The Winter Hexagon, also known as the Winter Circle, is a prominent winter asterism formed by seven stars prominent in the winter sky.
The Winter Triangle, or the Great Southern Triangle, is an asterism formed by three bright stars in three prominent winter constellations.
The Winter Triangle is prominent in the night sky in the northern hemisphere during the winter months, from December to March.
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The Flame Nebula is an emission nebula located in the constellation Orion, the Hunter. The nebula lies at an approximate distance of 1,350 light years from Earth and has an apparent magnitude of 2. It has the designation NGC 2024 in the New General Catalogue.
The Flame Nebula occupies an area of 30 arcminutes of apparent sky. It is part of a vast star forming region known as the Orion Molecular Cloud Complex.
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The Hyades are a star cluster located in Taurus constellation and the nearest open cluster of stars to the solar system. Also catalogued as Collinder 50 or Melotte 25, the cluster has an apparent magnitude of 0.5 and lies at a distance of 153 light years, or 47 parsecs, from Earth.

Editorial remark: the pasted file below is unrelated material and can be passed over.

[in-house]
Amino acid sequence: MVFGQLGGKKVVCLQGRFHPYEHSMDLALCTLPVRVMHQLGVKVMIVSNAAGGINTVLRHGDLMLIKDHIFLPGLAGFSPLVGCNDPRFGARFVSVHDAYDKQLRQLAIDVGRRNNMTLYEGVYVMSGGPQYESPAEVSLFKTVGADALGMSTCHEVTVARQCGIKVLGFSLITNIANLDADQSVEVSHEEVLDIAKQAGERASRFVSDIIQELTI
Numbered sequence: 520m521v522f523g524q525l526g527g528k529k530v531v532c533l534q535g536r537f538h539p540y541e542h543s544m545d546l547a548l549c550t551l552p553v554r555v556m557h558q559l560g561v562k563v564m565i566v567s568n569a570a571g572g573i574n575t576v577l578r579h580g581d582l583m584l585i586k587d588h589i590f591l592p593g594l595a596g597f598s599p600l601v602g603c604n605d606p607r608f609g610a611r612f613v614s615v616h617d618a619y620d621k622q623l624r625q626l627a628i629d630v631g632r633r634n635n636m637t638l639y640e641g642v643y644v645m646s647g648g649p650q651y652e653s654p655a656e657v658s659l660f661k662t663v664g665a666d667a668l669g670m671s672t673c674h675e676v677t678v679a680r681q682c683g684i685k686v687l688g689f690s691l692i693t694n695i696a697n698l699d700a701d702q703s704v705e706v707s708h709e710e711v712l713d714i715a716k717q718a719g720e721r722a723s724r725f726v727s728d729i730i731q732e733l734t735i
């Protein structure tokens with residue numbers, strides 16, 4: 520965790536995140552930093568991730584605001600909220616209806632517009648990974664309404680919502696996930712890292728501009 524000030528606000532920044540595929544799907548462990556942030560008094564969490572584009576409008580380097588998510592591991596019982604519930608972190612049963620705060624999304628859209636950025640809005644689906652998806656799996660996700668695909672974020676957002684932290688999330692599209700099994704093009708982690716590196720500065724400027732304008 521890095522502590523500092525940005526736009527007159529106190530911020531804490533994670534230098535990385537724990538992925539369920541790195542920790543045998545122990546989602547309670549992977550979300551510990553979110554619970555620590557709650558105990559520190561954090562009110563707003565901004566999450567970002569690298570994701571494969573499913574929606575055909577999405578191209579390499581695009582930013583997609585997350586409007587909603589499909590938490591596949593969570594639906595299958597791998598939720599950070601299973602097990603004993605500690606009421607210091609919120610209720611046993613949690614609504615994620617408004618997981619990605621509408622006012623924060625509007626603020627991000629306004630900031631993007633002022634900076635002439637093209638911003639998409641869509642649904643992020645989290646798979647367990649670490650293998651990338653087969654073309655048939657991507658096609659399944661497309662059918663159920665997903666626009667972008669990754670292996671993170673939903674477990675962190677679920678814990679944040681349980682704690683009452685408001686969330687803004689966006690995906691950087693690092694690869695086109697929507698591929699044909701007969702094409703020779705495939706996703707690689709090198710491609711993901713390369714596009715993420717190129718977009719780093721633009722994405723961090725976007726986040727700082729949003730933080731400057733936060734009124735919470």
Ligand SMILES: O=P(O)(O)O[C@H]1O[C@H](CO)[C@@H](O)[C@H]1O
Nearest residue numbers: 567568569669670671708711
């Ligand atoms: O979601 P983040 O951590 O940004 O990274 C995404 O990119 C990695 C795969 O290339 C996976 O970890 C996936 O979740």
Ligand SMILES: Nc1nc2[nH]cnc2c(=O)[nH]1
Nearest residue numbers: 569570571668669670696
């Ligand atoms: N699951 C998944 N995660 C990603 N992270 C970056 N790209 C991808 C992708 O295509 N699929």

The brightest stars in the Hyades cluster form a V shape that marks the head of the celestial bull. The cluster lies along the same line of sight as Aldebaran, the brightest star in Taurus, but the bright giant is not a member of the cluster and lies much closer to Earth.
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Here are some of the planets, constellations and deep sky objects to see in February:Read More »Highlights of the Night Sky in February
Aldebaran, Alpha Tauri, also known as the Eye of Taurus, is an orange giant star located at a distance of 65 light years from Earth.
It is the brightest star in Taurus constellation and the 14th brightest star in the night sky. Aldebaran has a luminosity 518 times that of the Sun (153 times in visible light).
The name Aldebaran (pronounced /ælˈdɛbərən/) comes from the Arabic word al-dabarān, meaning “the follower.” The name refers to the Pleiades cluster (Messier 45), which the star appears to be following across the sky.
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Betelgeuse, Alpha Orionis, is the second brightest star in Orion constellation and the ninth brightest star in the sky. It is a supergiant star, distinctly red in colour, located at an approximate distance of 643 light years from Earth. It is an evolved star, one expected to explode as a supernova in a relatively near future.
Betelgeuse is a large, bright, massive star easily found in the sky in the winter months because it is part of a familiar pattern formed by the celestial Hunter. The red supergiant marks one of Orion‘s shoulders, while the hot, bright giant Bellatrix, Gamma Orionis, marks the other.
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